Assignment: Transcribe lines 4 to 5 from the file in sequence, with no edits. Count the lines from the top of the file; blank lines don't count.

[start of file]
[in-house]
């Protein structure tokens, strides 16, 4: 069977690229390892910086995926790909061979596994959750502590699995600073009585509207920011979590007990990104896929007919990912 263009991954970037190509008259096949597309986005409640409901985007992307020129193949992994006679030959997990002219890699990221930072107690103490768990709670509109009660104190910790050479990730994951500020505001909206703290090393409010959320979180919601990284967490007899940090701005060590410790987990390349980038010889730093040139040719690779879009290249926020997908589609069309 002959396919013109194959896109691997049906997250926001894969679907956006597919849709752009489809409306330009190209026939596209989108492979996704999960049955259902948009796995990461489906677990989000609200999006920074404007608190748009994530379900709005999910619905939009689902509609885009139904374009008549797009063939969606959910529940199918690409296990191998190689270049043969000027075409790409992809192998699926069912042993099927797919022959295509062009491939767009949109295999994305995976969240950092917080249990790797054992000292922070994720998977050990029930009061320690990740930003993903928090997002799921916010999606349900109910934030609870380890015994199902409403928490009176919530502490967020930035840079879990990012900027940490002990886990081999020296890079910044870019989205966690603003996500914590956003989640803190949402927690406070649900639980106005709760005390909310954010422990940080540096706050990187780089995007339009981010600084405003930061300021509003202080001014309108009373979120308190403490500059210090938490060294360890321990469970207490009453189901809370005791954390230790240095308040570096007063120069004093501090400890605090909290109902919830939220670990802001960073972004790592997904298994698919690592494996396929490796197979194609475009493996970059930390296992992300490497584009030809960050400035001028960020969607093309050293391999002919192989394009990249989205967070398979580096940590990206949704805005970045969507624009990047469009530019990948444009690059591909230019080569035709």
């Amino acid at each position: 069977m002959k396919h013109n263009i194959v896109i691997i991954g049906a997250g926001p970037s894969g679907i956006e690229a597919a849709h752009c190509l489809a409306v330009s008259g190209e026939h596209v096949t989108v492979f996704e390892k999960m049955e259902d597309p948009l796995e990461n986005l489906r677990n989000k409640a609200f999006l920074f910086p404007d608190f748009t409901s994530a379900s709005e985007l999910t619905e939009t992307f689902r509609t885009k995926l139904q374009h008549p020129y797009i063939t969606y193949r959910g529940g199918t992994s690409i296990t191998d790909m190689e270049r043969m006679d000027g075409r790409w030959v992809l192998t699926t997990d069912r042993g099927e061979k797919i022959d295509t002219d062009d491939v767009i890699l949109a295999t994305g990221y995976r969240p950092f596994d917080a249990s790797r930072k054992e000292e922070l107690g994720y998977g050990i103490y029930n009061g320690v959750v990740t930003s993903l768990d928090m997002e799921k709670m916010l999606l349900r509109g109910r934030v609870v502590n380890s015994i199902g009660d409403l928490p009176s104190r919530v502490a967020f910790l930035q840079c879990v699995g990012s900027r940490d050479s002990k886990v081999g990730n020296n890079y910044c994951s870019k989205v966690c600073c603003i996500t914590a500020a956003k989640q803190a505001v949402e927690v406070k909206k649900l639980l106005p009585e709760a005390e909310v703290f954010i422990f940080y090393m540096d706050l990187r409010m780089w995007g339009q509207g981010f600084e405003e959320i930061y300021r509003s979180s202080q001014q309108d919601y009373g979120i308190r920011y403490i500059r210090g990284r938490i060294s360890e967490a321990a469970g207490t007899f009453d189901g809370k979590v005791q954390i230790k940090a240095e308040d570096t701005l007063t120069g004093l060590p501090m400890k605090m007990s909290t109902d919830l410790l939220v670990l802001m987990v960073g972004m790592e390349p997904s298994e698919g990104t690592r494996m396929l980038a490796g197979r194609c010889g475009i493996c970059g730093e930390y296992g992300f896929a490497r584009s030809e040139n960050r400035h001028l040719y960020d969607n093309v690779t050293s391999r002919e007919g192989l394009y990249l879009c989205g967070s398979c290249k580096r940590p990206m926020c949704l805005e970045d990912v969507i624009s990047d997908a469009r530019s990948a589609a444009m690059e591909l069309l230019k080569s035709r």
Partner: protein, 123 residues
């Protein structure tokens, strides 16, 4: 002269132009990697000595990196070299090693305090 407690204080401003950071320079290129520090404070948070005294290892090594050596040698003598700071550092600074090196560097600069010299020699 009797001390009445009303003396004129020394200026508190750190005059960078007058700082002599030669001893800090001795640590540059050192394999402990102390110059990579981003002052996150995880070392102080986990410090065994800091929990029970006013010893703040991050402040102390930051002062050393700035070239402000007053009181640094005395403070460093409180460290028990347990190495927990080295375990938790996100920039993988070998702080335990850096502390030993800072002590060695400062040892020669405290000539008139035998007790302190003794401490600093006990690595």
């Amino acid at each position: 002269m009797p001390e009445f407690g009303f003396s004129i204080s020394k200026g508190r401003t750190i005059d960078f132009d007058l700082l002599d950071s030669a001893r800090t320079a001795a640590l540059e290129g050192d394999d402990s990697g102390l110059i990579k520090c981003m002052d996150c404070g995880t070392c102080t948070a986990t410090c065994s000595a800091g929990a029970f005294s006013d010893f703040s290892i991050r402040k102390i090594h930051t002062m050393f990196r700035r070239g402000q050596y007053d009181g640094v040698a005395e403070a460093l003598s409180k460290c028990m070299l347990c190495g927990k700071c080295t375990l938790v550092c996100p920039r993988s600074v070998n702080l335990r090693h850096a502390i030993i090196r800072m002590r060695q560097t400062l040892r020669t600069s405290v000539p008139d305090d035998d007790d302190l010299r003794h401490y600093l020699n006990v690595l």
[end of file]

Partner: protein, 123 residues
């Protein structure tokens, strides 16, 4: 002269132009990697000595990196070299090693305090 407690204080401003950071320079290129520090404070948070005294290892090594050596040698003598700071550092600074090196560097600069010299020699 009797001390009445009303003396004129020394200026508190750190005059960078007058700082002599030669001893800090001795640590540059050192394999402990102390110059990579981003002052996150995880070392102080986990410090065994800091929990029970006013010893703040991050402040102390930051002062050393700035070239402000007053009181640094005395403070460093409180460290028990347990190495927990080295375990938790996100920039993988070998702080335990850096502390030993800072002590060695400062040892020669405290000539008139035998007790302190003794401490600093006990690595």